MUSCATINE, Iowa — Donald Trump spent his weekend doing the sorts of things that long ago became a way of life for presidential candidates trying to win the Iowa caucuses.
Rather than jetting out of town after holding events, as has become his pattern, Trump schmoozed with some of the state’s Republican leaders, spent Saturday night at a Dutch-style hotel in a small town, ate at a restaurant with a prime-rib buffet, took photos with locals and went to church Sunday morning.
With the Feb. 1 caucuses quickly approaching, Trump made seven major appearances in seven days in the state last week, spending two nights and trying out retail politics.
The overnights gave the billionaire real estate developer a closer look at life in Iowa, beyond what he sees out the windows of his private plane and motorcade. He marveled at how Iowa has good steak and how the television airwaves are packed with so many attack ads.
“I like it. I like it,” Trump said Sunday morning. “I like staying, it’s really nice. The hotels were beautiful; they were clean, nice. I’ll be here next week. I’ll be here a lot.”
His visit was quieter in tone and scope than his trademark massive rallies, although he was recognized everywhere he went. Word that Trump was spending more time in the state prompted curious speculation.
“I wondered, where is he staying?” said Debra Core, a Democrat-turned-Republican artist from Solon, Iowa, who attended Trump’s rally in Muscatine in eastern Iowa on Sunday afternoon. “I think he went back to his plane, cozied up on his plane — or maybe he has a private bus or something? I don’t think he would stay in a B and B.”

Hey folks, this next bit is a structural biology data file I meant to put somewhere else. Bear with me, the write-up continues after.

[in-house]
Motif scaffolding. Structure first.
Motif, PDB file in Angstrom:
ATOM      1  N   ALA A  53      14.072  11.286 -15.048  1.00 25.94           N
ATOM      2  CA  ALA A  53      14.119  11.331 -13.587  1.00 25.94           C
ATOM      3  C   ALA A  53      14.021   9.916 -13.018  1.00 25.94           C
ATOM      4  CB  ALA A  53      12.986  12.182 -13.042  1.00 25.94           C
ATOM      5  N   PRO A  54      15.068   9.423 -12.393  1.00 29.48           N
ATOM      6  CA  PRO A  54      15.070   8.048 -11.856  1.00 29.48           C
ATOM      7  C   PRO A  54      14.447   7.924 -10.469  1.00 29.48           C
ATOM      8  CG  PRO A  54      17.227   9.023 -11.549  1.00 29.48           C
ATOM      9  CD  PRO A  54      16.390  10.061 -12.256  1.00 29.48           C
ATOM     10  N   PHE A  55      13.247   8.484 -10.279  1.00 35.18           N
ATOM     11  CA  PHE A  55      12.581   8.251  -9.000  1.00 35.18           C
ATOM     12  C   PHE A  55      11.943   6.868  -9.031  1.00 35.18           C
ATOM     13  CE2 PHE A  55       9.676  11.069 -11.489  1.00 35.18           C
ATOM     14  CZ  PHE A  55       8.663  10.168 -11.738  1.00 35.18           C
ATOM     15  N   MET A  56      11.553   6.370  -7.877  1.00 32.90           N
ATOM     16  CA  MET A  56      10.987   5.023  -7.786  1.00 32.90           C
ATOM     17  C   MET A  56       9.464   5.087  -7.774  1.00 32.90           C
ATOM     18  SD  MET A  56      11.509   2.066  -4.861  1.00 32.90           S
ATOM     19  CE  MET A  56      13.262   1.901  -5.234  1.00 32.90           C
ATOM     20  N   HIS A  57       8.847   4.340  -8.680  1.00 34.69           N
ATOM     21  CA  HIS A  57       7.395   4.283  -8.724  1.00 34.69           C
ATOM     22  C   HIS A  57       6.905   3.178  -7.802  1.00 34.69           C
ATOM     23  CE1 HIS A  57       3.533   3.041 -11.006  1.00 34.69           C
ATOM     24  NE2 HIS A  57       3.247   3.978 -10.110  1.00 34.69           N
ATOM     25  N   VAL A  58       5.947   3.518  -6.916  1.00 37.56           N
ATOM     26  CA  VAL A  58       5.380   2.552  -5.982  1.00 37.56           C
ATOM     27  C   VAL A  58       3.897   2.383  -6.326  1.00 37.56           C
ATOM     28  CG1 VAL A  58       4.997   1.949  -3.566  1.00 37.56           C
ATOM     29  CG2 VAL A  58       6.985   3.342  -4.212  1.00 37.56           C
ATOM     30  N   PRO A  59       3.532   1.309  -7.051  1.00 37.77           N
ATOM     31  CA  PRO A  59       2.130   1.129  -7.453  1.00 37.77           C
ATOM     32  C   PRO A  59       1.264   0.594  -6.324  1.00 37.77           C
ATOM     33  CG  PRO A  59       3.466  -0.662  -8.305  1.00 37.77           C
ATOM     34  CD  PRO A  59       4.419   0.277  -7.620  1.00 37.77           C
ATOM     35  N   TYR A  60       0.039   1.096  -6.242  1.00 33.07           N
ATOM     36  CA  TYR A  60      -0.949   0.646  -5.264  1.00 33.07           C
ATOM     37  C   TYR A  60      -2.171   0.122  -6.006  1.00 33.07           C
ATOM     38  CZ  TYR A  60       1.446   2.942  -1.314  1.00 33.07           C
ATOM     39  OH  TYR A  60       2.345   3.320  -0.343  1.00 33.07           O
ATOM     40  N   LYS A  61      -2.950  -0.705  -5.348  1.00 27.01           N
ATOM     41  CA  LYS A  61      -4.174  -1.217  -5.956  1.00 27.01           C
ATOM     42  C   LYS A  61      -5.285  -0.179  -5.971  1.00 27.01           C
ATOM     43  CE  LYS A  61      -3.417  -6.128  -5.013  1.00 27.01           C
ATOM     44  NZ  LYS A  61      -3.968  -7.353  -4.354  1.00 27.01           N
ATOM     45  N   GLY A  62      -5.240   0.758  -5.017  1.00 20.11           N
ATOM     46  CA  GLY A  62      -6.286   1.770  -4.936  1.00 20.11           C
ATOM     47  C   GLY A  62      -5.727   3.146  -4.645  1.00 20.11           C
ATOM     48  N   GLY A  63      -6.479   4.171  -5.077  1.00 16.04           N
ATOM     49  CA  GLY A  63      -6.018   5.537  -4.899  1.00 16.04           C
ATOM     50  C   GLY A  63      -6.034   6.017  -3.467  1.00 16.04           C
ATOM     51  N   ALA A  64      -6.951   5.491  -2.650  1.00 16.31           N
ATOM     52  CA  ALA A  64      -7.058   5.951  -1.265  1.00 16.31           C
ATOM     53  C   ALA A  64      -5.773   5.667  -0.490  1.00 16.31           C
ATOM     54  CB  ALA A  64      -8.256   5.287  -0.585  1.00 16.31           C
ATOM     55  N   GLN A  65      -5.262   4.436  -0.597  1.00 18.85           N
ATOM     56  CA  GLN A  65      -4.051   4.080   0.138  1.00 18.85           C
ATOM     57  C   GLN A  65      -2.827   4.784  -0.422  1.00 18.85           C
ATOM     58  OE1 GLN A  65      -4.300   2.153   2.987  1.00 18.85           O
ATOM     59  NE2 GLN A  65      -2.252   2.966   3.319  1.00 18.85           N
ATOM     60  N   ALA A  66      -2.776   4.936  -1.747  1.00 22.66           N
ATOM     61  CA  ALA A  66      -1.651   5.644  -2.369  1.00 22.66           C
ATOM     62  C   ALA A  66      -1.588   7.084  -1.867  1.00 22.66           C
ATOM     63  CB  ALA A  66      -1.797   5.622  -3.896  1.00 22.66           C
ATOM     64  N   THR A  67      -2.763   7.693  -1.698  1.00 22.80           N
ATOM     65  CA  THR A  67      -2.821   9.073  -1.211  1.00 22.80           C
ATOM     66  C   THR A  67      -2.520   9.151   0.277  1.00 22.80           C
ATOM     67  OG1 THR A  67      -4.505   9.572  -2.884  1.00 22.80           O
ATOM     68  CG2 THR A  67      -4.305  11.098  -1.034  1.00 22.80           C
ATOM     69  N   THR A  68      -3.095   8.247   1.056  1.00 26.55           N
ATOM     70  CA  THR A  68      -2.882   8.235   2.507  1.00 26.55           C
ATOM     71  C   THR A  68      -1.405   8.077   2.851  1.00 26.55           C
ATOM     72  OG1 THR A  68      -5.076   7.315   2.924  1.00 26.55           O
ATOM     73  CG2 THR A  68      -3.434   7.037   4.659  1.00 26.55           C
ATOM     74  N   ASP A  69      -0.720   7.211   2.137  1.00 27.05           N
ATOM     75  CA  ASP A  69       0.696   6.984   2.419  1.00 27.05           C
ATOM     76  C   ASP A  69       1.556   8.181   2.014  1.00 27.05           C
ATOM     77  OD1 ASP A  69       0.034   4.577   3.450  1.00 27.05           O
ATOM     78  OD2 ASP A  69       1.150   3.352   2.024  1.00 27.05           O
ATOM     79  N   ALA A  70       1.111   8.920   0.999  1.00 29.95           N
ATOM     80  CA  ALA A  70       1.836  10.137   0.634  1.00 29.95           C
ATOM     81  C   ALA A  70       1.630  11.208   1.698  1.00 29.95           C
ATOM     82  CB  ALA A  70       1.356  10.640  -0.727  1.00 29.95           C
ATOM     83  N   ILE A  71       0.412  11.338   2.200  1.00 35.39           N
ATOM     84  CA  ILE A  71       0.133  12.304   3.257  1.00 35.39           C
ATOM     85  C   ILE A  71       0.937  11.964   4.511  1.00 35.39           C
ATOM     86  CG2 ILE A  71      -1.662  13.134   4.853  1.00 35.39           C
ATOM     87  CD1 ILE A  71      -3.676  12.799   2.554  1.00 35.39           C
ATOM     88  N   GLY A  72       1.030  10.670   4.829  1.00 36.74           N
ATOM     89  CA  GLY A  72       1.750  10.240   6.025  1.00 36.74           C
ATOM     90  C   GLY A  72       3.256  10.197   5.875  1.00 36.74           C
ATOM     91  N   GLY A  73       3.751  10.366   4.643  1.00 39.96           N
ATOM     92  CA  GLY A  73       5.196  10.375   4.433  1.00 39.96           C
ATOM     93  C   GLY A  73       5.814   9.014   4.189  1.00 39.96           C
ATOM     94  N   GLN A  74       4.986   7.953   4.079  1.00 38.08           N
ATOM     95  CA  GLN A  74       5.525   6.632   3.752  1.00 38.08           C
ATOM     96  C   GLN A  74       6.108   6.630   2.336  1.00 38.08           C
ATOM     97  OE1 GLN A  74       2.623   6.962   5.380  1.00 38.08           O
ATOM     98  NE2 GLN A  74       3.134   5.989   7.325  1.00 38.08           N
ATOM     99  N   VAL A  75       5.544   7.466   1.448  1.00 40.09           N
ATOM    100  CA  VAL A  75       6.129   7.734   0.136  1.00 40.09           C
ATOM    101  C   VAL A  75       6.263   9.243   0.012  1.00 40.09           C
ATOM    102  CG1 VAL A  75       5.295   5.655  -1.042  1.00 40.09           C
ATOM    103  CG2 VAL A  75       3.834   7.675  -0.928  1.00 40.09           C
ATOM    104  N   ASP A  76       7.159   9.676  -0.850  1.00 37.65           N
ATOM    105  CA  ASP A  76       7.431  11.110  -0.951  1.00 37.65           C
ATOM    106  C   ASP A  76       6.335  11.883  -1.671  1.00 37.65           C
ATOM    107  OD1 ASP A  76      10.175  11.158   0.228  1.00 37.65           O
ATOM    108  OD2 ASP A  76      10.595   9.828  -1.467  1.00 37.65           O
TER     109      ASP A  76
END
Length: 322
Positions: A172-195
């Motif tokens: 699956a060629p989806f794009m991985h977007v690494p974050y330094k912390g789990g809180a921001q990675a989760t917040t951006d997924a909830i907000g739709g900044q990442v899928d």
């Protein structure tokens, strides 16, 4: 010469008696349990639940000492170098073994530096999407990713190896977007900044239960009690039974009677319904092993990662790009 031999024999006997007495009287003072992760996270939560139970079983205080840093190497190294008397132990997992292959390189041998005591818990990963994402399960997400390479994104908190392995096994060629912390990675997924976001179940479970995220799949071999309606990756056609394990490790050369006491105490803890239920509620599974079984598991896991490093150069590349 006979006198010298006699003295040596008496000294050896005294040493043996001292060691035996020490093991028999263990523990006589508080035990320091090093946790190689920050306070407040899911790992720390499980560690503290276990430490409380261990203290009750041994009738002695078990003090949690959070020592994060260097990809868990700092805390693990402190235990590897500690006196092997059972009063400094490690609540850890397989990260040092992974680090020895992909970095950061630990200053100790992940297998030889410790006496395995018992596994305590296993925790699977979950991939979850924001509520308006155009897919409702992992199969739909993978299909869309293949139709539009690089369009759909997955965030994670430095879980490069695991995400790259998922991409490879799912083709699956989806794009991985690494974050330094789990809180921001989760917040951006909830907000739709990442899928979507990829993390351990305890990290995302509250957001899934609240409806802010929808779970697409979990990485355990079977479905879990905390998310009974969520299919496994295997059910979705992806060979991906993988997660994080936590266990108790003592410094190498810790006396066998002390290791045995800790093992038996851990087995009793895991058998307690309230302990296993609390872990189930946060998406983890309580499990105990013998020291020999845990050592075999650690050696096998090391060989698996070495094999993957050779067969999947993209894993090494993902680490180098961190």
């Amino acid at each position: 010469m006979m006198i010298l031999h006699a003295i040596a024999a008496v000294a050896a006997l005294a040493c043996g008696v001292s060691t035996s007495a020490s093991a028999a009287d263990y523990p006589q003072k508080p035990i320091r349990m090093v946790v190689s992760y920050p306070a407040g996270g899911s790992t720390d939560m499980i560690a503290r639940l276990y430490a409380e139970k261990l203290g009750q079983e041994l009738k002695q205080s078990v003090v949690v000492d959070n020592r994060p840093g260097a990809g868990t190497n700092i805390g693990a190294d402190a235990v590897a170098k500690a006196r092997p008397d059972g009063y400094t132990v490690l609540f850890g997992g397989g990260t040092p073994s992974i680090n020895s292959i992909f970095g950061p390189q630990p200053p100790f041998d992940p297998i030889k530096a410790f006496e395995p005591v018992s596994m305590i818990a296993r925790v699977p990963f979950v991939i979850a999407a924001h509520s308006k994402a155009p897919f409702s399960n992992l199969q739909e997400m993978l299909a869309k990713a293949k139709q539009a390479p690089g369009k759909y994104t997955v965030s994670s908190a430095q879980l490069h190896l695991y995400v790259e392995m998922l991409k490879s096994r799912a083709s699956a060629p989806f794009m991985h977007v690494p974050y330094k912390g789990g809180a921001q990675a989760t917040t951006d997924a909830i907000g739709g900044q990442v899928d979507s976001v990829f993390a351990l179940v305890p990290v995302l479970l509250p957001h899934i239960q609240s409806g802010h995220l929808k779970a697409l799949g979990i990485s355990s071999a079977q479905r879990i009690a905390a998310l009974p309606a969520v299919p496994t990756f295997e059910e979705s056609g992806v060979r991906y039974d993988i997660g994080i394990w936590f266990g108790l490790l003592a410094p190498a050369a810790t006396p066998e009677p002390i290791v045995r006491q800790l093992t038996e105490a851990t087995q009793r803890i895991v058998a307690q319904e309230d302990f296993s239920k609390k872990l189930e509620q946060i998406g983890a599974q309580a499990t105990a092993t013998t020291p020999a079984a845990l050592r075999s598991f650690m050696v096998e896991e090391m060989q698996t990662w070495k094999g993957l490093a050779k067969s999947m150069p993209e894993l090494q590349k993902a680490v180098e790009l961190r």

While the extended stays are buzzy, Core said she doesn’t think Trump has to do it to win the state.
“I think he’s already gotten his message across,” said Core, who plans to caucus for Trump. “I don’t think he has to meet and greet.”
Her husband, Ken Core, said: “We’ll see on February 1st.”
Trump held two rallies in Iowa on Saturday, first in Sioux Center, in the deeply conservative northwest corner of the state, and then in Pella, in the central part of the state. In Pella — which calls itself “America’s Dutch Treasure” — Trump was joined by Sen. Charles E. Grassley (R-Iowa), who has held the position for more than three decades and visits every county of the state each year. Trump spent the night at Pella’s Royal Amsterdam Hotel, venturing to the restaurant for dinner with campaign manager Corey Lewandowski and spokeswoman Hope Hicks.
The candidate was offered a private dining room but declined, instead choosing to eat in the center of the main room as college basketball games played on the bar’s televisions. Trump, who does not drink alcohol, ordered cans of soda. As patrons lined up at a buffet for prime rib, they asked Trump for pictures and autographs.
Later, Trump declared the meal “really good” and “really excellent.”
The next morning, Trump ventured to the First Presbyterian Church in Muscatine, a small town on the Mississippi River. Evangelicals often play a crucial role in the Iowa caucuses, and Trump has been talking up his Presbyterian faith — although this was the first time he was spotted in a church. (Trump said he attended church once in New Hampshire.)